Where Romney and Obama stand on education

Higher education is becoming increasingly necessary and also more expensive. CSU’s resident undergraduate tuition increased from $4,424 in 2008 to $6,307 in 2011, reflecting a nationwide tuition hike trend.

“The education system has never been perfect and always needs attention,” said Holly Martin, a sophomore health and exercise science major. “Make it more affordable. A lot of people aren’t lucky enough to have their parents pay for their education.”


Student loan debt reached $1 trillion and exceeded credit card debt in June. Students are primarily concerned about funding for and access to higher education during a difficult economy.

“Everyone says to ‘Follow your heart and do what you love,’ but you can’t take out $100,000 loans [and expect to be fine],” said Brendan Costello, a senior mathematics major at Western Washington University. “For a lot of my friends college is just something you do after high school. They’re not really thinking long-term.”

Here is a breakdown of the candidates’ stances on higher education:

What they said
“Since we live in a 21st century economy that increasingly demands a college education, efforts at improvement can’t stop at high school’s end. Students must have access to a wide variety of options that will give them the skills they need for successful careers,” Romney said at the Latino Coalition’s Annual Economic Summit in Washington D.C. May 23, 2012.

Achieve “meaningful reform:”

  • Strengthen and simplify the financial aid system by consolidating programs and providing students with financial need information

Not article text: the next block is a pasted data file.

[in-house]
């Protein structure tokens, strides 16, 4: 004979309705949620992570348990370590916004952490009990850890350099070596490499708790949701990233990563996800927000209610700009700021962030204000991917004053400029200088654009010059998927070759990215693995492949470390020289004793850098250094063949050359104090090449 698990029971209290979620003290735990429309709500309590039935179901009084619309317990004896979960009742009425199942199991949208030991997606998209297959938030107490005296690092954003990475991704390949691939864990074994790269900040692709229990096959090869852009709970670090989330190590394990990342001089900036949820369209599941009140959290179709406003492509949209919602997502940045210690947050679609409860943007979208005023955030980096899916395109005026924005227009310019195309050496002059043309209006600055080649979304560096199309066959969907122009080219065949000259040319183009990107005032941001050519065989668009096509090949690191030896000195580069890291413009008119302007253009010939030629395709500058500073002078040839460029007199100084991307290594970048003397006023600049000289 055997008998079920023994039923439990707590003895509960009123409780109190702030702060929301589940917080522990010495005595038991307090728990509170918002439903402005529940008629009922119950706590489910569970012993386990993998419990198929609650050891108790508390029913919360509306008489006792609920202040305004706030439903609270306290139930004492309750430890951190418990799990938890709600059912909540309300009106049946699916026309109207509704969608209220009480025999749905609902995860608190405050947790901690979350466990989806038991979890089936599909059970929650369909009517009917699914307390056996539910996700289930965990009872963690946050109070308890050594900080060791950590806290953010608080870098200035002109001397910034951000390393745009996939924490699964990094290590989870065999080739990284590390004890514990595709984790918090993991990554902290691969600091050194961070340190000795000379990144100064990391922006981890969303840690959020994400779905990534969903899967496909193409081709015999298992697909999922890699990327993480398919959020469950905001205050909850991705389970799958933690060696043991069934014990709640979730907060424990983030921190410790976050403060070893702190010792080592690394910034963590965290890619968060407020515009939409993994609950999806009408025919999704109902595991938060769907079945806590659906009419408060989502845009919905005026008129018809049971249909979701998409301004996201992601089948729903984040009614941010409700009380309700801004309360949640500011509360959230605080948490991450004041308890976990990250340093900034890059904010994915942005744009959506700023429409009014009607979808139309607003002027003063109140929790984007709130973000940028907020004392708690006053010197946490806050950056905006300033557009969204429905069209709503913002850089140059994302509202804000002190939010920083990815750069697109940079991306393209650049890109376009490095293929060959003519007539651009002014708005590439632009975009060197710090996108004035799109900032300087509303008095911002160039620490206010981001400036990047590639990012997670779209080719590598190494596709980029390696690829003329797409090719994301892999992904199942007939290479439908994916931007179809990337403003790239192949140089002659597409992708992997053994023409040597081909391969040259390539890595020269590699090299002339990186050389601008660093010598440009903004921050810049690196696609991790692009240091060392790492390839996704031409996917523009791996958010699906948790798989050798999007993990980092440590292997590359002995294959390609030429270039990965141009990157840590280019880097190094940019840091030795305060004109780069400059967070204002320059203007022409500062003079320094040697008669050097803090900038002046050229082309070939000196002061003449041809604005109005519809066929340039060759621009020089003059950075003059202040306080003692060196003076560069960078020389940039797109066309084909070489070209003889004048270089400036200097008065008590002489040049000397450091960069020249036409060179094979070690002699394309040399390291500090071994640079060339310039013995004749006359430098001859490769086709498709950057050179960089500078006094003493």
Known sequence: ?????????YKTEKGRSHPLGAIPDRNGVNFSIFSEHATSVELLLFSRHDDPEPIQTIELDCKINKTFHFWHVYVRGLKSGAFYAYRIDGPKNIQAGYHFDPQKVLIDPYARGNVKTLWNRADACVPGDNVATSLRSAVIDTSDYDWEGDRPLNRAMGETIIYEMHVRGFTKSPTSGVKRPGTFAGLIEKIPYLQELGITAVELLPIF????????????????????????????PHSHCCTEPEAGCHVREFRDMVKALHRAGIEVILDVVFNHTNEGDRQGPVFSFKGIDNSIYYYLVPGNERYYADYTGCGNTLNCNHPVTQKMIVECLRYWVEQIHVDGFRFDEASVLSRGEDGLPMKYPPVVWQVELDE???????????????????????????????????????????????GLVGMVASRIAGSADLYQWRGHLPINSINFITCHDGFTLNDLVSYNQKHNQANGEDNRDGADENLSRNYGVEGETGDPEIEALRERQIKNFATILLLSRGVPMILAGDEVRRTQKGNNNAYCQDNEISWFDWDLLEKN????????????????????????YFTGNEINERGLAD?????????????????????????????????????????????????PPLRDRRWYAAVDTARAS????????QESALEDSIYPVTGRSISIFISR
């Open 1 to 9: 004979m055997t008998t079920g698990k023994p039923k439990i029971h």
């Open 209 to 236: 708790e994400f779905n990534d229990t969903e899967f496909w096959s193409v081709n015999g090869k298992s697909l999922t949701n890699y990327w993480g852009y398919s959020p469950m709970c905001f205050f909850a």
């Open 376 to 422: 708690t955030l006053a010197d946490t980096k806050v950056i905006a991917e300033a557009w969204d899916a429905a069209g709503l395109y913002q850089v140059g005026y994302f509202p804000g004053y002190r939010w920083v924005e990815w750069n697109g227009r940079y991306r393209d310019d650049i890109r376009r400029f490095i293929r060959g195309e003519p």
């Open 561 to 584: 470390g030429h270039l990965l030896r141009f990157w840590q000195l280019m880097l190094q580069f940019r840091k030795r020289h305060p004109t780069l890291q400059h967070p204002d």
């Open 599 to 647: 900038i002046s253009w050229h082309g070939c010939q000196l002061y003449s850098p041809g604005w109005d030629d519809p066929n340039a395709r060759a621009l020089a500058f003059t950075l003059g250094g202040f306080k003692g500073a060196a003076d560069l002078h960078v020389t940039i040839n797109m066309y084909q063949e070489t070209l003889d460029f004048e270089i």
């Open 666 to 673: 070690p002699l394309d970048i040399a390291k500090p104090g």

• Reverse nationalization of student loans and return to bank-based student lending
  • Refocus Pell Grant dollars to those who need them the most


  • Replace regulation with innovation and competition— new education models, emphasize skill attainment, support research and development
  • Stem rate of increase in grant funding to go with the rate of inflation and hold down rate of tuition/fee increases

“College isn’t just the best investment you can make in your future — it is the best investment that you can make in your country’s future. … As long as those young people are willing to put in the work, as long as you’re willing to study hard and take advantage of this opportunity, then we’ve got to make sure it’s there for you,” Obama said at an April 24, 2012 speech at CU.

Make college more “affordable, accessible, and attainable:”

  • Invest in community colleges to provide education and career-training
  • Reform federal campus-based aid programs to shift aid away from colleges that don’t keep net tuition down towards those that make tuition affordable, provide good value, and serve needy students
  • Increase college graduates and contain cost of tuition by rewarding states willing to systematically change their higher education policies and practices

What they did

  • 2004: John and Abigail Adams Scholarship
    • Merit-based scholarship for top 25 percent scores on the Massachusetts Comprehensive Assessment System
    • Provides full tuition to a state university/college



  • 2010: Health Care and Education Reconciliation Act
    • Federal government took over student loan business
    • Doubled funding for Pell Grants, raised maximum award to $5,635 and expanded number of recipients by 50 percent
  • 2009: American Opportunity Tax Credit
    • Student tax credit worth $10,000 over four years
  • 2011: Pay As You Earn plan
    • Capped monthly student loan repayments at 10% monthly income

All information provided by campaigns, speeches and public records.

Politics Beat Reporter Kate Winkle can be reached at news@collegian.com.